TDM networks are also super sensitive to clocking. Once again, I'll go into clocking in a different article, but for the time being think of it this way.
Think of all of the timeslots as trains. However on TDM station there aren't any "The next train goes to Sydney" announcements, there is only a timetable.
If you only have your wristwatch to go on, you may catch the wrong train; how do you know that your 1:13 is the same as the railway's 1:13?
However, if there is a clock on the station, and one on the train, then you can confirm that your train is the right one before you board.

The same thing happens with TDM; unless you synchronise all of the devices you have no way of knowing which "train" (timeslot) is the right one.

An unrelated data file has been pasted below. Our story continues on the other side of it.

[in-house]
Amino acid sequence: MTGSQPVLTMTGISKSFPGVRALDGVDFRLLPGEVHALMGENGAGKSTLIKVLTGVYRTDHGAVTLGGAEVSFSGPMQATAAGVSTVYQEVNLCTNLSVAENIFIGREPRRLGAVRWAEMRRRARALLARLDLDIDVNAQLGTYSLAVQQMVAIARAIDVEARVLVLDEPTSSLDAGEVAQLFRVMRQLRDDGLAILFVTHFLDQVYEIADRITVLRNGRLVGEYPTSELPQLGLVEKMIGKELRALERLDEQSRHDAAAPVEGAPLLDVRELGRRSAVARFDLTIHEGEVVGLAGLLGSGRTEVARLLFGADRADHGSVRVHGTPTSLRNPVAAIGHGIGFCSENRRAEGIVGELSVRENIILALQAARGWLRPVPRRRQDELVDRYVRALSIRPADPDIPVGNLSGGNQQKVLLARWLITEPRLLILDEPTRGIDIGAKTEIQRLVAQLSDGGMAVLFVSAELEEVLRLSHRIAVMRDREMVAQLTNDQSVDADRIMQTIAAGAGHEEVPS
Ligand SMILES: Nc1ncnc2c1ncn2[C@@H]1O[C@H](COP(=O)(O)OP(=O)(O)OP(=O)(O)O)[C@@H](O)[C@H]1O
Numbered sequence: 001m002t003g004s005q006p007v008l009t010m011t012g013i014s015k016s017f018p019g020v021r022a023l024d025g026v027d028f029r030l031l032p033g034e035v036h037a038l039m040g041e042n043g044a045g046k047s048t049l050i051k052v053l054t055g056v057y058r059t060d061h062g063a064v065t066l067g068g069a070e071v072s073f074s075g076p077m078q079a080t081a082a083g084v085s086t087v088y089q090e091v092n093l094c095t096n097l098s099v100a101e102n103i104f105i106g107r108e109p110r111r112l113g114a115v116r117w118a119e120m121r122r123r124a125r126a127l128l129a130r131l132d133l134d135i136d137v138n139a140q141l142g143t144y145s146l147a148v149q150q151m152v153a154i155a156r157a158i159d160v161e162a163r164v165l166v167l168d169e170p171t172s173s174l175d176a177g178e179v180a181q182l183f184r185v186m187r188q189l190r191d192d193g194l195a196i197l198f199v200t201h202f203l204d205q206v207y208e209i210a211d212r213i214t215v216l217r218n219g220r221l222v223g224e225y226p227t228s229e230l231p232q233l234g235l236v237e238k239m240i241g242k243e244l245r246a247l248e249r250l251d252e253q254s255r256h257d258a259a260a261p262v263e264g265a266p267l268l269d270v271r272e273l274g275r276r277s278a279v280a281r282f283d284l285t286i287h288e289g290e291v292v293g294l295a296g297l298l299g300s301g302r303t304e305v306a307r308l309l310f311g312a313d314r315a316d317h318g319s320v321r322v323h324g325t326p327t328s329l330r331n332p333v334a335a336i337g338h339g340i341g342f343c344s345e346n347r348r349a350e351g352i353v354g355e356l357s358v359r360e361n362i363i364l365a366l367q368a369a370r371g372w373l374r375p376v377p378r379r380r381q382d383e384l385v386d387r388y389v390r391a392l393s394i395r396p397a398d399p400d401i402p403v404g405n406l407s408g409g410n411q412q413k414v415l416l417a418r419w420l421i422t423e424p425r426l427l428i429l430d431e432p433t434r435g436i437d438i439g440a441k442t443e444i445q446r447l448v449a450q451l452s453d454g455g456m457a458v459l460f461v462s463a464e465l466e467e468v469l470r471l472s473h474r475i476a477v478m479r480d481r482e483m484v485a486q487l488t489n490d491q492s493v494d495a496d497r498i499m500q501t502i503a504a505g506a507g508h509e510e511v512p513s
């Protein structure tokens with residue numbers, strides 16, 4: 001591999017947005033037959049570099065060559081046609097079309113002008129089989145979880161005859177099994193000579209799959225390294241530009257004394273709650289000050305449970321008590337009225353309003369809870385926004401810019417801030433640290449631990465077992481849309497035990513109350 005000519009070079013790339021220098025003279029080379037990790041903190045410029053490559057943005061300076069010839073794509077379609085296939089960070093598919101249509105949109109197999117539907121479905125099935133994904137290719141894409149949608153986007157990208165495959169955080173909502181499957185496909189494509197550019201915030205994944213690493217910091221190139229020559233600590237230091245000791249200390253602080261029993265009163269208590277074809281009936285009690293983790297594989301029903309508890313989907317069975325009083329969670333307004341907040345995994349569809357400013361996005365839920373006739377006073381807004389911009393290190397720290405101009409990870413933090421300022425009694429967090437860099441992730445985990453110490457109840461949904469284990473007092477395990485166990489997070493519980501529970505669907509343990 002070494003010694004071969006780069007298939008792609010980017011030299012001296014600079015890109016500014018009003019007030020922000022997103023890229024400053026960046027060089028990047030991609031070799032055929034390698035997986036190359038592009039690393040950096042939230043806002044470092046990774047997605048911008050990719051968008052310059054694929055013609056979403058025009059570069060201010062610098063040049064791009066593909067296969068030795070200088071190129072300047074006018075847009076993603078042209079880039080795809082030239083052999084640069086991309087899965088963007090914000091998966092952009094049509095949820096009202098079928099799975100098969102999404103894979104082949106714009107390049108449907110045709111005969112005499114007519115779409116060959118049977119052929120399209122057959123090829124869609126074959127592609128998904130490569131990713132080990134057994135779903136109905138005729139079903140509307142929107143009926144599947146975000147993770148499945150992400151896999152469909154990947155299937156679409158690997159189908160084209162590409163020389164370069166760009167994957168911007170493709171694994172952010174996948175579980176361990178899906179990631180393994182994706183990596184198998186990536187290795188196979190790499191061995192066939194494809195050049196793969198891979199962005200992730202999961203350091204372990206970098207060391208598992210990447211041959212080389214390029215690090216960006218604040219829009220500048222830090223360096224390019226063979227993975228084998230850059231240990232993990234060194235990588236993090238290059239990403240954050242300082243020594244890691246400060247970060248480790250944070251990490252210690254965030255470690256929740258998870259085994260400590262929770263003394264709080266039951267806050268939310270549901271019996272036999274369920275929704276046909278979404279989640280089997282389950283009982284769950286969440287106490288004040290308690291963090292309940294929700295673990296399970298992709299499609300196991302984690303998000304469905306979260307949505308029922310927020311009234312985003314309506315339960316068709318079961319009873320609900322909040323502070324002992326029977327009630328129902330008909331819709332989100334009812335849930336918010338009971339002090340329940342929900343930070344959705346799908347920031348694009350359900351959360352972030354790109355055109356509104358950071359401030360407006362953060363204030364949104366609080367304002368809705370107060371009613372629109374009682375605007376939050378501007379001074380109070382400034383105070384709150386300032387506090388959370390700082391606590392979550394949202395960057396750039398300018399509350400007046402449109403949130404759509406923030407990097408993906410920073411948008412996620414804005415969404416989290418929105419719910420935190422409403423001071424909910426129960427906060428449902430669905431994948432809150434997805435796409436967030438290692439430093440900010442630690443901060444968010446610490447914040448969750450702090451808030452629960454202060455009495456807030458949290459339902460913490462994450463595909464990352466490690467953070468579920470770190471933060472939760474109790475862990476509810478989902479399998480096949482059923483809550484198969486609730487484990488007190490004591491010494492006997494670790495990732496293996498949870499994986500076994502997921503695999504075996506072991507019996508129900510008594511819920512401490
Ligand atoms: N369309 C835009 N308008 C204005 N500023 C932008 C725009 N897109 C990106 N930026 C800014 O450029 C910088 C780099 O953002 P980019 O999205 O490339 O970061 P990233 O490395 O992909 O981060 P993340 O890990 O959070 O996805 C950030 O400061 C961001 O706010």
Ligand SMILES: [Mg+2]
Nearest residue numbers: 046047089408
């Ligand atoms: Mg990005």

I hope you have enjoyed this. Please comment if you don't "get it" and I will edit this post in order to make it easier to understand.

TDM networks are prevalent in audio, video and communications networks, and that's why I wanted to get this up earlier rather than later. Apologies for the maths earlier; I hope the bird picture helped you through that.

Tuesday, August 9, 2011

Arts Communication Session at Integrate Sydney 2011

This week I received confirmation that my seminar session has been accepted for the 2011 Integrate show.

I will be presenting with Ben Moore from ARUP Theatres and Nich Young from the Sydney Opera House.

We will be discussing the applications of networks in Theatres and Performance spaces, as well as the advantages (and disadvantages) of a converged network.

So feel free to pop on down; 1430 at the RHI Mezzanine on Day 3 (Thursday, 1st of September 2011).

We even have a spot in the official show guide.

Look forward to seeing people there